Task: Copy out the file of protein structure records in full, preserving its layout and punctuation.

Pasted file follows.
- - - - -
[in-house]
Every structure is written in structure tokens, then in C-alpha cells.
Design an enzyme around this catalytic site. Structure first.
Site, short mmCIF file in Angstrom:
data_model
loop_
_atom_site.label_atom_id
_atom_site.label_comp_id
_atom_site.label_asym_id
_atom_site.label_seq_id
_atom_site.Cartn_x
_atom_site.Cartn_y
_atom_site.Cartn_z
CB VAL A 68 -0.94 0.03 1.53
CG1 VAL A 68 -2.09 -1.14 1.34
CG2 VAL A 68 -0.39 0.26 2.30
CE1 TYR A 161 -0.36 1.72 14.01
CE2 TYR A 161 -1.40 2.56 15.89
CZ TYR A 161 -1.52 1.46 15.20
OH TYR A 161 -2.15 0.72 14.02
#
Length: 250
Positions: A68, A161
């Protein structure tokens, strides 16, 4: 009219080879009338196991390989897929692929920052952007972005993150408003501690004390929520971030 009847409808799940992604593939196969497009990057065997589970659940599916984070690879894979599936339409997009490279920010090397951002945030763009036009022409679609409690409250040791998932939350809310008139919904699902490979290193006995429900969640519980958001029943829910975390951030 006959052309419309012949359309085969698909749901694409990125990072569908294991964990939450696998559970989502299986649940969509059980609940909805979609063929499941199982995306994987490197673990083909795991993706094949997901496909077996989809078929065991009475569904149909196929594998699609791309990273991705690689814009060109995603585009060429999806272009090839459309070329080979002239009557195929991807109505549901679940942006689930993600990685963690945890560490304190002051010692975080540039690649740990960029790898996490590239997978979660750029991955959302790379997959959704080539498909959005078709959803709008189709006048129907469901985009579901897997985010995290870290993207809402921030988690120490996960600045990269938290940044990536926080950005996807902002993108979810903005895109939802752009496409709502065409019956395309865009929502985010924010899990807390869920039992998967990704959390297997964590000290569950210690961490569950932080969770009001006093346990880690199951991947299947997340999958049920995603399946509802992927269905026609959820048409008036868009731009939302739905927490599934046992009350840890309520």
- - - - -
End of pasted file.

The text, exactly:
[in-house]
Every structure is written in structure tokens, then in C-alpha cells.
Design an enzyme around this catalytic site. Structure first.
Site, short mmCIF file in Angstrom:
data_model
loop_
_atom_site.label_atom_id
_atom_site.label_comp_id
_atom_site.label_asym_id
_atom_site.label_seq_id
_atom_site.Cartn_x
_atom_site.Cartn_y
_atom_site.Cartn_z
CB VAL A 68 -0.94 0.03 1.53
CG1 VAL A 68 -2.09 -1.14 1.34
CG2 VAL A 68 -0.39 0.26 2.30
CE1 TYR A 161 -0.36 1.72 14.01
CE2 TYR A 161 -1.40 2.56 15.89
CZ TYR A 161 -1.52 1.46 15.20
OH TYR A 161 -2.15 0.72 14.02
#
Length: 250
Positions: A68, A161
């Protein structure tokens, strides 16, 4: 009219080879009338196991390989897929692929920052952007972005993150408003501690004390929520971030 009847409808799940992604593939196969497009990057065997589970659940599916984070690879894979599936339409997009490279920010090397951002945030763009036009022409679609409690409250040791998932939350809310008139919904699902490979290193006995429900969640519980958001029943829910975390951030 006959052309419309012949359309085969698909749901694409990125990072569908294991964990939450696998559970989502299986649940969509059980609940909805979609063929499941199982995306994987490197673990083909795991993706094949997901496909077996989809078929065991009475569904149909196929594998699609791309990273991705690689814009060109995603585009060429999806272009090839459309070329080979002239009557195929991807109505549901679940942006689930993600990685963690945890560490304190002051010692975080540039690649740990960029790898996490590239997978979660750029991955959302790379997959959704080539498909959005078709959803709008189709006048129907469901985009579901897997985010995290870290993207809402921030988690120490996960600045990269938290940044990536926080950005996807902002993108979810903005895109939802752009496409709502065409019956395309865009929502985010924010899990807390869920039992998967990704959390297997964590000290569950210690961490569950932080969770009001006093346990880690199951991947299947997340999958049920995603399946509802992927269905026609959820048409008036868009731009939302739905927490599934046992009350840890309520």